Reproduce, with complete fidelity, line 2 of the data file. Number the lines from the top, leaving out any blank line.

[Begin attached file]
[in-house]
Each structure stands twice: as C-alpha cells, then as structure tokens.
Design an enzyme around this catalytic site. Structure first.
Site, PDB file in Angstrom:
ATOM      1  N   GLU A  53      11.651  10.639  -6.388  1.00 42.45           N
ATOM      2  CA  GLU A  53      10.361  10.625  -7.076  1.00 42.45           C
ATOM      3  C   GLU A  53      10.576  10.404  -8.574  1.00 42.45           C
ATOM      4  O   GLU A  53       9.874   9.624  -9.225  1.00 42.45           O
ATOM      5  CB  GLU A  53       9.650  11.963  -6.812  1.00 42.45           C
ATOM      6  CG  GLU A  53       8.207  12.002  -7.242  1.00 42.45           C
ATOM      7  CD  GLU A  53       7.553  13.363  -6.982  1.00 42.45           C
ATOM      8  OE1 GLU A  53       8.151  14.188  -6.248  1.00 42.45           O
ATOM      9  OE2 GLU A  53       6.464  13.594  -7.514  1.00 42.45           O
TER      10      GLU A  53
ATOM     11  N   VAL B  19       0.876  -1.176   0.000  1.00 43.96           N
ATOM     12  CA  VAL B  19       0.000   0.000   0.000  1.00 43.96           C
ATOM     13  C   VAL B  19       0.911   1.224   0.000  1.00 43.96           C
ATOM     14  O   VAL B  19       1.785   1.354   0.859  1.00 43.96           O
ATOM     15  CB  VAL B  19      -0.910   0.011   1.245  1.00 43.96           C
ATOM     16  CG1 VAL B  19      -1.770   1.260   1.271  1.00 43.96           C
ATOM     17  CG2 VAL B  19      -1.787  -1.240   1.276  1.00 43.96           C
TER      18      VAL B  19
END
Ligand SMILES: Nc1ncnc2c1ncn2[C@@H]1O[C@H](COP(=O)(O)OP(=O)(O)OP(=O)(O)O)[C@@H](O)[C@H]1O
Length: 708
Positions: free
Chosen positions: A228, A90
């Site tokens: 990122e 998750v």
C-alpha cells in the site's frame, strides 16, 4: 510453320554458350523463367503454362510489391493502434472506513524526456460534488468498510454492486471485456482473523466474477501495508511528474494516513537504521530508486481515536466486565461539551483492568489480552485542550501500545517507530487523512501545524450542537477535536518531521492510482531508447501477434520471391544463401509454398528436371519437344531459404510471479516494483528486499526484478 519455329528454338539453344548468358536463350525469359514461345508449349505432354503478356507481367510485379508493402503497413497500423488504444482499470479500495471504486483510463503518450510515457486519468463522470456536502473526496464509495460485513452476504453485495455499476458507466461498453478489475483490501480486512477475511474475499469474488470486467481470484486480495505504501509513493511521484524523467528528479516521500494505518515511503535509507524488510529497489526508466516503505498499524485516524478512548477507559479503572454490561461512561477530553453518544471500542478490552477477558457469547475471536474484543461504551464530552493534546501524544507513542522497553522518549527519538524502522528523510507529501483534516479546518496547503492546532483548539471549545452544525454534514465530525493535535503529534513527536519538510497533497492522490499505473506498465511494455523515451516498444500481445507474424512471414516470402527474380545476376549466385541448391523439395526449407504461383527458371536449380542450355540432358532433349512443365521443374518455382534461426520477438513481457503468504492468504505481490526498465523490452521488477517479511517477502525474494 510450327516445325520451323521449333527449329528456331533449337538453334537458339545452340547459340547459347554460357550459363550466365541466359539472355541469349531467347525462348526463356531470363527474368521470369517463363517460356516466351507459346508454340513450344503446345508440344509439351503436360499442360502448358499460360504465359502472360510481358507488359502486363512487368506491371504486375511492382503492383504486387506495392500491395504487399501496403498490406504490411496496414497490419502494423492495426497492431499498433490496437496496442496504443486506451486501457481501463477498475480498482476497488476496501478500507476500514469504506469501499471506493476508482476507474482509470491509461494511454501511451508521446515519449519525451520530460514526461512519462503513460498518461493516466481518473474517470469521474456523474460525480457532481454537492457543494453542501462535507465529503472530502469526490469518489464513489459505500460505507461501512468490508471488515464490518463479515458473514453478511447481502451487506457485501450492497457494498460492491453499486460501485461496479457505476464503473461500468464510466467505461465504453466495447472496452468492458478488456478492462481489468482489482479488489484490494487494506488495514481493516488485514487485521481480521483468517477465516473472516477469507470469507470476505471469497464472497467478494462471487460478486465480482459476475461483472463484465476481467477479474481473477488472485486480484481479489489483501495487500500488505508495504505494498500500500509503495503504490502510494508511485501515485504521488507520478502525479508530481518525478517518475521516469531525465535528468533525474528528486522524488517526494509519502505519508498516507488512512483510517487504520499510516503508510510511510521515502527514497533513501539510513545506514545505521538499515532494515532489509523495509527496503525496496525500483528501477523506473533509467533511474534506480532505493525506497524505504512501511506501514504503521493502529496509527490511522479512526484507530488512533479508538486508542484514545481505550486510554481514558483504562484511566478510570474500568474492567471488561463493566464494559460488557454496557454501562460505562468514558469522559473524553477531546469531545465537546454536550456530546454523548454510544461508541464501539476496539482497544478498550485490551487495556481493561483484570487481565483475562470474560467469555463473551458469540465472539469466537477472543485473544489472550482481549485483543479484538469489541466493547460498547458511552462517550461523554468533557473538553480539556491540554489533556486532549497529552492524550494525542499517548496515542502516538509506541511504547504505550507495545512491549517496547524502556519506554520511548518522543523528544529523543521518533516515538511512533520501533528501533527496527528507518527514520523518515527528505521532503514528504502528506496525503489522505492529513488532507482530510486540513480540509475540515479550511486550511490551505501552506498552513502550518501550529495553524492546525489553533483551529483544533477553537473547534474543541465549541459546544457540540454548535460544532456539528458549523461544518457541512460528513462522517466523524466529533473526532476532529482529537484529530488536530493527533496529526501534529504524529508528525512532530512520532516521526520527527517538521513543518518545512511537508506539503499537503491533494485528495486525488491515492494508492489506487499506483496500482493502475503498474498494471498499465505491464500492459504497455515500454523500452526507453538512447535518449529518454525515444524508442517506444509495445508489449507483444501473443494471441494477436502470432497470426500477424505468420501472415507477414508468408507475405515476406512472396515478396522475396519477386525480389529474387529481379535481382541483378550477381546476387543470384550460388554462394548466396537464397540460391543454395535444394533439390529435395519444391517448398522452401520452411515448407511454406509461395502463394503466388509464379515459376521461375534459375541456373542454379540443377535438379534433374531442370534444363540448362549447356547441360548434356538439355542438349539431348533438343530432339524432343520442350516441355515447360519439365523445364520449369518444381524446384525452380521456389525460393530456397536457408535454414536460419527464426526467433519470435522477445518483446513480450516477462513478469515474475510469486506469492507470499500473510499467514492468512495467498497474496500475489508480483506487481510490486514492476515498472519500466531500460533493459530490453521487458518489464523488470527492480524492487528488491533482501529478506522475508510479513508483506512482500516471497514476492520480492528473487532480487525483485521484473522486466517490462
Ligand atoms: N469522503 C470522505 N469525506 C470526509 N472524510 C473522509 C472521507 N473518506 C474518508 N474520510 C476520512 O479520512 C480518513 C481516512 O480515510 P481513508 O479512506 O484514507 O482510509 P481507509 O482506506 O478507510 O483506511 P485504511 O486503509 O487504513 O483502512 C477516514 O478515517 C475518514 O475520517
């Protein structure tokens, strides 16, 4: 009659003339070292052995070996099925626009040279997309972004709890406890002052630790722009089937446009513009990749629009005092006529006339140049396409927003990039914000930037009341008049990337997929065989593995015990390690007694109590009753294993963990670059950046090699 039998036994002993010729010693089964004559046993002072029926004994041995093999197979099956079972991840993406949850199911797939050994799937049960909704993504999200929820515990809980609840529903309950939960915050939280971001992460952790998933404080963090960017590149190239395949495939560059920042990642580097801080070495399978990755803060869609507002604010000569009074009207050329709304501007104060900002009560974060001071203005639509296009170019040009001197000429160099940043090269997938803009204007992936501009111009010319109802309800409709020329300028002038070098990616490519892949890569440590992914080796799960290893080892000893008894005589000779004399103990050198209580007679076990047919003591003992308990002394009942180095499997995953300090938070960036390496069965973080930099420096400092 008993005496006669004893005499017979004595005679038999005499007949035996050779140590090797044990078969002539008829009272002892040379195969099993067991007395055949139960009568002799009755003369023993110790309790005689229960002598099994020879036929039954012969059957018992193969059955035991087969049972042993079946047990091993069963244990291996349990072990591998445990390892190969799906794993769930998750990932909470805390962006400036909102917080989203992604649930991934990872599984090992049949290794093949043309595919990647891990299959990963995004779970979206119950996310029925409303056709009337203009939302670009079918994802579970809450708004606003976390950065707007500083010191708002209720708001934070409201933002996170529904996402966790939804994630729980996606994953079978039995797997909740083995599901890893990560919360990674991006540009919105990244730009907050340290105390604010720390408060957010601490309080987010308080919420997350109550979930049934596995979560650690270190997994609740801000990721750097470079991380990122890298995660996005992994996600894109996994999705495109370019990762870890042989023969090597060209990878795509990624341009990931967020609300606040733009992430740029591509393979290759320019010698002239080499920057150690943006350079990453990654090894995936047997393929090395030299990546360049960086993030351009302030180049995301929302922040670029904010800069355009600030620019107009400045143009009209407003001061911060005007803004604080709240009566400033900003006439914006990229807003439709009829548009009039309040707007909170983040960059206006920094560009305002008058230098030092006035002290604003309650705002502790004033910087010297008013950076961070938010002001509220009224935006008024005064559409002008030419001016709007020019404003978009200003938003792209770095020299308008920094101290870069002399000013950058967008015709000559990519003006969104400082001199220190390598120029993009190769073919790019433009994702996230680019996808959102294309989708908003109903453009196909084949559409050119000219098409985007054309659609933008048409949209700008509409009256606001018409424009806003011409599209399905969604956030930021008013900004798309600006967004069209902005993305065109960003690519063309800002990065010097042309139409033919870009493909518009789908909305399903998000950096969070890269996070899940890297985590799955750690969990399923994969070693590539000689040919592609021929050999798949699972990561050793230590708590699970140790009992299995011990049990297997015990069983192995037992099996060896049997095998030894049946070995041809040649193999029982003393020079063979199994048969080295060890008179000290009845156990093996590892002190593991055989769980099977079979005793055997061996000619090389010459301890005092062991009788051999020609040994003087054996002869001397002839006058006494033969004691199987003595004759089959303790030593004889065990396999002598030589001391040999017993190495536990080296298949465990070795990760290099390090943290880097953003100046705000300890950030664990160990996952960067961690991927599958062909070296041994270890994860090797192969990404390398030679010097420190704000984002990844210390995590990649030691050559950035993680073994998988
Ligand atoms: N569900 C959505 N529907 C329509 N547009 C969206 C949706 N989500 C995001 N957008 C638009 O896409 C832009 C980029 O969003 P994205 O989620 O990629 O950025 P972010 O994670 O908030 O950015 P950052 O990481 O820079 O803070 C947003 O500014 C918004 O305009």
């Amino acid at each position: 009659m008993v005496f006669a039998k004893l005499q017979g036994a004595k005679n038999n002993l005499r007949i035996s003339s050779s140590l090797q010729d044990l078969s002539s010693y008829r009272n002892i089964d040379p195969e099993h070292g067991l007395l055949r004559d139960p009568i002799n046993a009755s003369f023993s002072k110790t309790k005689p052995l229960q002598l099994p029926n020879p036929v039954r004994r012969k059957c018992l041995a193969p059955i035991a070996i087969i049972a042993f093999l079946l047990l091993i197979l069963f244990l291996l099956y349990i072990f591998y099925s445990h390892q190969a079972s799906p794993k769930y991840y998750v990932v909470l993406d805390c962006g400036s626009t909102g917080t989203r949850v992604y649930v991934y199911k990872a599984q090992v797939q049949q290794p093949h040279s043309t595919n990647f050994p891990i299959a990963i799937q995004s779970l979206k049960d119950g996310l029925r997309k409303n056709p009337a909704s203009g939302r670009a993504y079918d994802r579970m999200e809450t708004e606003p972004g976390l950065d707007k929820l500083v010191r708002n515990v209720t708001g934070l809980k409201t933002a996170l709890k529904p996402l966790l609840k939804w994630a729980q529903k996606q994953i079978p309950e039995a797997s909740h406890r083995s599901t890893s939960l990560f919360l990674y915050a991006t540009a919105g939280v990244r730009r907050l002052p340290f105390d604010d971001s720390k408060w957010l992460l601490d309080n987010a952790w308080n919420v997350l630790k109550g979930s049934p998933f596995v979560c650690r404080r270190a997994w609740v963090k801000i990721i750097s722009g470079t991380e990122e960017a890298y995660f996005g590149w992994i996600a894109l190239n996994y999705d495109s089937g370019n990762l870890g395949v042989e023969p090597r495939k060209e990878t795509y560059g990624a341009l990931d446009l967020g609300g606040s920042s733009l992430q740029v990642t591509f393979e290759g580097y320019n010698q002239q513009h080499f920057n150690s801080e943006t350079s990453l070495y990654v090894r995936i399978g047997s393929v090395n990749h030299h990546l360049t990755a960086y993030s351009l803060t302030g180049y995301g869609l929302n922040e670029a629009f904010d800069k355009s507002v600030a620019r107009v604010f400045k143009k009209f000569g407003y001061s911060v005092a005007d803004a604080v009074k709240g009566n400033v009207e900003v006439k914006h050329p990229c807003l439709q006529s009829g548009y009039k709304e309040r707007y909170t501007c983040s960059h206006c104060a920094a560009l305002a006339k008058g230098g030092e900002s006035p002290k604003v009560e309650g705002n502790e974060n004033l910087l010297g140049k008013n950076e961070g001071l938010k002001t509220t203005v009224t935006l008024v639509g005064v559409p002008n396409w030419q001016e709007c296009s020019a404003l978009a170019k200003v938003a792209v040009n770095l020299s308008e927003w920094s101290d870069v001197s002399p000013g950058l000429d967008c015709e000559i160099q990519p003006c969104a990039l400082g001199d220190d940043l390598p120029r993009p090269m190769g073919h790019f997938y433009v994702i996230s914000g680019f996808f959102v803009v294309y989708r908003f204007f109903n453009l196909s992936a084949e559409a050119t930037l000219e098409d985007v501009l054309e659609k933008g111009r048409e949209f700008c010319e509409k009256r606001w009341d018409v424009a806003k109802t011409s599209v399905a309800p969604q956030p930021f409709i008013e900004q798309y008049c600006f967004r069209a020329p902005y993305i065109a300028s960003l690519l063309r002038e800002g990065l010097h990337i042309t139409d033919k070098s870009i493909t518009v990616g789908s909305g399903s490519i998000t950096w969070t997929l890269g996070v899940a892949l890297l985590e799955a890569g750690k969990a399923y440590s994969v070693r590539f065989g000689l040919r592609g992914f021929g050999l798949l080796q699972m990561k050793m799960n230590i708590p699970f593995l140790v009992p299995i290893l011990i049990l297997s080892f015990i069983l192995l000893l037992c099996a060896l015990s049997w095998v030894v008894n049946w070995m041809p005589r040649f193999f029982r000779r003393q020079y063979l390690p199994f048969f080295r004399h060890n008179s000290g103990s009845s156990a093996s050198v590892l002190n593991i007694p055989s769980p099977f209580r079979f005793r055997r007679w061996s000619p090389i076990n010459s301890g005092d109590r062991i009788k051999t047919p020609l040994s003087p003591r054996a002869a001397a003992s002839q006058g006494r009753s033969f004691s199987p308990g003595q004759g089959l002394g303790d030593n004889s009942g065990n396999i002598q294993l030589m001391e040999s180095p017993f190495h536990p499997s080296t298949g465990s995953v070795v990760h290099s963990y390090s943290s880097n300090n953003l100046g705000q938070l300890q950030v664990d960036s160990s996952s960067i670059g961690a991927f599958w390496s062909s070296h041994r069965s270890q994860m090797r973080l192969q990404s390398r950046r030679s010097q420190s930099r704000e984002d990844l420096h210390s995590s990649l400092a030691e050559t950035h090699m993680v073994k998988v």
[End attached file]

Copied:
Each structure stands twice: as C-alpha cells, then as structure tokens.